Second, a recurring problem in the debate on university fees has been the unfortunate conflation of three quite different strands of case law concerning access to university education. First, for nearly thirty years now, the Court of Justice has made it clear that directly discriminatory fee structures are incompatible with EU law. Even before the creation of citizenship rights through the Maastricht Treaty, the principle of equal treatment with regard to university fees was established in connection with the Treaty’s support of cross-border vocational training (Case 293/83 Gravier v City of Liège  ECR 593). Second, residence conditions have been accepted in principle in the sphere of indirect discrimination – but for the award of maintenance grants to students from other Member States. In other words, that line of case law is about the funds paid by States to support students through their university studies, not the fees that are paid by students to access their studies in the first place. Moreover, States are not normally obliged to extend maintenance grants to students from other Member States in the first five years of residence in any event – i.e. before the status of ‘permanent residence’ is acquired under EU citizenship law (see e.g. Case C-158/07 Förster v Hoofddirectie van de Informatie Beheer Groep  ECR I-8507). Comparing the case law on university fees to that on maintenance grants is thus a mistaken attempt to compare apples and oranges, since the latter issue sits within the much more complex sphere of the law on access to benefits.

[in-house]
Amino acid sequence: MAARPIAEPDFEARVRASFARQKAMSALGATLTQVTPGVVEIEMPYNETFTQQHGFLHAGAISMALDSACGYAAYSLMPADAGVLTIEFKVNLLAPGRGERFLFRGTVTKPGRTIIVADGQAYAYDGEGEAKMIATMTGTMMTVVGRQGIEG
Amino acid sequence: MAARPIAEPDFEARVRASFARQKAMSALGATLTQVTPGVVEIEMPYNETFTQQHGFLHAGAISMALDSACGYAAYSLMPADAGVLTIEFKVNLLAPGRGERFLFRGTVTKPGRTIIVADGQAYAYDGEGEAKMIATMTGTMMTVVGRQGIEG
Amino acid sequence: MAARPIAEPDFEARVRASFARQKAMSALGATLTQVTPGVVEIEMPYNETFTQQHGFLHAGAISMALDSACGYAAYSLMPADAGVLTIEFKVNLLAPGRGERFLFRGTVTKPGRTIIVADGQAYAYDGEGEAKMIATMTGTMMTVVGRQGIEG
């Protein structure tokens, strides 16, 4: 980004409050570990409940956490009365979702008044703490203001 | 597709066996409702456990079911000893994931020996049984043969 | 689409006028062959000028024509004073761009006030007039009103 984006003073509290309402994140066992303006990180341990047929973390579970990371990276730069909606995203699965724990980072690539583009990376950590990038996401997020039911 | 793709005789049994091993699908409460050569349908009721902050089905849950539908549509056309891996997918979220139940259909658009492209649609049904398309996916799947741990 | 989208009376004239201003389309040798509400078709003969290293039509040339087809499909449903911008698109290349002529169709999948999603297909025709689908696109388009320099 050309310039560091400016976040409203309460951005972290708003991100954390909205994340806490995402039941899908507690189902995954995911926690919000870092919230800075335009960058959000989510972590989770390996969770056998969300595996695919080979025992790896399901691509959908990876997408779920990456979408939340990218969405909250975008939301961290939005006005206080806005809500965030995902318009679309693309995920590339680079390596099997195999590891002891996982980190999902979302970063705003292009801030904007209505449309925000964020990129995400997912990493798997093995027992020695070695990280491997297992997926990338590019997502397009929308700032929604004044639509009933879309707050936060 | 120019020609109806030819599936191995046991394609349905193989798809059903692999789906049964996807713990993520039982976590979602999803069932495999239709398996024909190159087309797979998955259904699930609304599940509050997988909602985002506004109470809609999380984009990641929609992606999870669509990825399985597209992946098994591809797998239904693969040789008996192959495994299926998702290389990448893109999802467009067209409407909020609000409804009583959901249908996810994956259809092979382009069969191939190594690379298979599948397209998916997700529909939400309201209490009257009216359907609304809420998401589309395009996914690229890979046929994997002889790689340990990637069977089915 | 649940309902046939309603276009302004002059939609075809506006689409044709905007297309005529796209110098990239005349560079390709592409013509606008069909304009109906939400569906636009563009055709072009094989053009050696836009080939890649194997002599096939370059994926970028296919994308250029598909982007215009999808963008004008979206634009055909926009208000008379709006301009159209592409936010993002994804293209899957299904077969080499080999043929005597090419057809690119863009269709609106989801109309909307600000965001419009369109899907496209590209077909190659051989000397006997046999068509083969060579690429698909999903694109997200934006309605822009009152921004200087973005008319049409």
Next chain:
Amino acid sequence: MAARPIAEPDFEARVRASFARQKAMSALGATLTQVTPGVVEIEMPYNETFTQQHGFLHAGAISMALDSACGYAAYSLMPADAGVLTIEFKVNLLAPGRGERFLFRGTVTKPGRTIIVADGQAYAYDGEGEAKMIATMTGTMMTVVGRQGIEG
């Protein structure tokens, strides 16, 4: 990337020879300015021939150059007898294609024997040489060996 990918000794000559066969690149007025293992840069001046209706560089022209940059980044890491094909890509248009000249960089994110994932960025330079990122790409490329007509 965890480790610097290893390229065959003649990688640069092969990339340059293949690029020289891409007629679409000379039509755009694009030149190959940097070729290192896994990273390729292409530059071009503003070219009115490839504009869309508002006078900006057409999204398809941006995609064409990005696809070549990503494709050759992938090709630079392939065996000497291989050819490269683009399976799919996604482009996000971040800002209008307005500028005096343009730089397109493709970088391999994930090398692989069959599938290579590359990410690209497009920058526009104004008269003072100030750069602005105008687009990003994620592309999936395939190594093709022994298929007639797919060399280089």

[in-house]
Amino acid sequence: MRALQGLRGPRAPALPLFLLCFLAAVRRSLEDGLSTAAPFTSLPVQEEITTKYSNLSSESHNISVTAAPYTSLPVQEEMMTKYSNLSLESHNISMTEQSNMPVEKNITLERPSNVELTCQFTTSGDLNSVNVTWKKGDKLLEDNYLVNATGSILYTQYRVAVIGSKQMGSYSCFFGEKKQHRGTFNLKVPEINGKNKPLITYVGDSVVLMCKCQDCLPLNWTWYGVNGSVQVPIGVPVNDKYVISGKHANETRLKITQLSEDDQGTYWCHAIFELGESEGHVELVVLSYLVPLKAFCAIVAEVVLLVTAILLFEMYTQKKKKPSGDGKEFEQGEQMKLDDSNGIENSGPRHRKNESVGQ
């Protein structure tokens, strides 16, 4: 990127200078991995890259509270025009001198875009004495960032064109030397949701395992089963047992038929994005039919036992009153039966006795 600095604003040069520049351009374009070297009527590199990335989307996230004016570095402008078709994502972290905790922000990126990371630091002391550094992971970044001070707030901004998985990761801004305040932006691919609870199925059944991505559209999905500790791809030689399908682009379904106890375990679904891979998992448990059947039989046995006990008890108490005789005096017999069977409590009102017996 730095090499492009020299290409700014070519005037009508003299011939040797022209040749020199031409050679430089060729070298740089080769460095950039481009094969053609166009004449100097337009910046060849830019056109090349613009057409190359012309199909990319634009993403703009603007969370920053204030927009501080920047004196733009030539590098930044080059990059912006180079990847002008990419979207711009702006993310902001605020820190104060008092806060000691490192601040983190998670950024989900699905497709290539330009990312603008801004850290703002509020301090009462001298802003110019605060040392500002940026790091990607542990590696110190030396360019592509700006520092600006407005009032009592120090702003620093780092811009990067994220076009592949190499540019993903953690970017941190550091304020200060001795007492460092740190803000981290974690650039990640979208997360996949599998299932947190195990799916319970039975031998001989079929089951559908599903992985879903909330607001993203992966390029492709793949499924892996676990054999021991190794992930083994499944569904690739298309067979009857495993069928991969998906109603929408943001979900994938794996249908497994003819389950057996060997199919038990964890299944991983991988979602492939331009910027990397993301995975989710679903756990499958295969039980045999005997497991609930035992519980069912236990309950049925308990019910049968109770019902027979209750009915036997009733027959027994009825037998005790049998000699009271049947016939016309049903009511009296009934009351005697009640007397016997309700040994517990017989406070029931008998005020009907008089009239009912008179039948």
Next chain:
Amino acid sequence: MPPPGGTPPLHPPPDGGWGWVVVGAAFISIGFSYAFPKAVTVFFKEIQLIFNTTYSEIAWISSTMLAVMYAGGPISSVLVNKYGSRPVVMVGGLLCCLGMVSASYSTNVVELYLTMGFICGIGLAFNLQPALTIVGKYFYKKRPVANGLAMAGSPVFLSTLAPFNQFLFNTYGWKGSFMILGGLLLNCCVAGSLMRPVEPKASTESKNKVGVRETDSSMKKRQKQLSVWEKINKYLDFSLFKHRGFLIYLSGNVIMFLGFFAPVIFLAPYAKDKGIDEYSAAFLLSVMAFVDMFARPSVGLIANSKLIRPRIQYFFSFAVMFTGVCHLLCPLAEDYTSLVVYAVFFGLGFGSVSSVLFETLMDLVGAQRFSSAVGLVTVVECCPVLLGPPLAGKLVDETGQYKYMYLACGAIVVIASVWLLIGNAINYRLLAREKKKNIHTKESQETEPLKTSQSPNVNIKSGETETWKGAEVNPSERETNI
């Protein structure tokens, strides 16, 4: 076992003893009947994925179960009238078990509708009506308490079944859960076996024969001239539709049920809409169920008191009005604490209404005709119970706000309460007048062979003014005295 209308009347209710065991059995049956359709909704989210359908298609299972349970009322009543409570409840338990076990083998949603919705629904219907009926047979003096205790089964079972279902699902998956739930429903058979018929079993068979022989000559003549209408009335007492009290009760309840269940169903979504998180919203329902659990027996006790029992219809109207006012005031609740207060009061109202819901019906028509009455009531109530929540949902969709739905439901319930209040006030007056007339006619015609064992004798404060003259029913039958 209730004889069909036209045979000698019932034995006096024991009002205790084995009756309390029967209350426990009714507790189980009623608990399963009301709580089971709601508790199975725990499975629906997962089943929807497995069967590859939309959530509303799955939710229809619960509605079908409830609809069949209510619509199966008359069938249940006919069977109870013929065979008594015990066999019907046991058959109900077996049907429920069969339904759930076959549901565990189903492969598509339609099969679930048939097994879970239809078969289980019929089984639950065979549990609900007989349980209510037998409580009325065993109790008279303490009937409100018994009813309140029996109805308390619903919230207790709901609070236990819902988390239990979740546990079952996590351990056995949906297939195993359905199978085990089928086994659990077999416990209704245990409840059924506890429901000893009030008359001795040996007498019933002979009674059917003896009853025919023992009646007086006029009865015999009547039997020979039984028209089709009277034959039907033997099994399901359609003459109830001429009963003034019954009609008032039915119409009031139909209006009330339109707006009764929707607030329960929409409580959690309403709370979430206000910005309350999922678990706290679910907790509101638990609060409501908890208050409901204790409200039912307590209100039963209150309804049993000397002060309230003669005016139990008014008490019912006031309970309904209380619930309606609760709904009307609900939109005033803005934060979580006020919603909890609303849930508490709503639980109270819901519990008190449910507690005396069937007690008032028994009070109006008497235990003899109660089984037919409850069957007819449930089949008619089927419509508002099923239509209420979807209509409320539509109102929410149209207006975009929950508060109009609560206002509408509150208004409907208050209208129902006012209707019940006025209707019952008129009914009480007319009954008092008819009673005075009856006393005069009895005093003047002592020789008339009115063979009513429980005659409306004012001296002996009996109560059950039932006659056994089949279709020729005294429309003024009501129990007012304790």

Third, the Court of Justice has – once – accepted that a State may justifiably limit access to its university courses, but in very specific circumstances (Case C-73/08 Bressol and Others and Chaverot and Others v Gouvernement de la Communauté française  ECR I-2735). The contested national rules restricted access to nine medical and paramedical programmes in Belgium, on the basis of concerns about teaching quality and the sustainability of the affected region’s health infrastructure owing to a significant increase in student numbers from other States (especially France). Students who met codified residence criteria had open access to the programmes. All other – i.e. not just French – students were subject to a 30% threshold rule, the places for which were assigned through the drawing of lots. The Court of Justice did not hesitate to find that the rules contravened EU discrimination law. However, it then stated that while ‘it cannot be excluded…that the prevention of a risk to the existence of a national education system and to its homogeneity may justify a difference in treatment between some students…the matters put forward as justification in that regard are the same as those linked to the protection of public health, since all the courses concerned fall within that field. They must, therefore, be examined only in the light of the justifications relating to the safeguarding of public health’ (paragraphs 53-54, emphasis added). The Court went on to present detailed – and stringent – guidance on the appropriate proportionality test that needed to be applied by the relevant national court in order for the national quota rules to be saved under EU law. Fundamentally, it required proof ‘that such risks actually exist’ and emphasised that ‘an objective, detailed analysis, supported by figures, must be capable of demonstrating, with solid and consistent data, that there are genuine risks to public health’ (para. 71).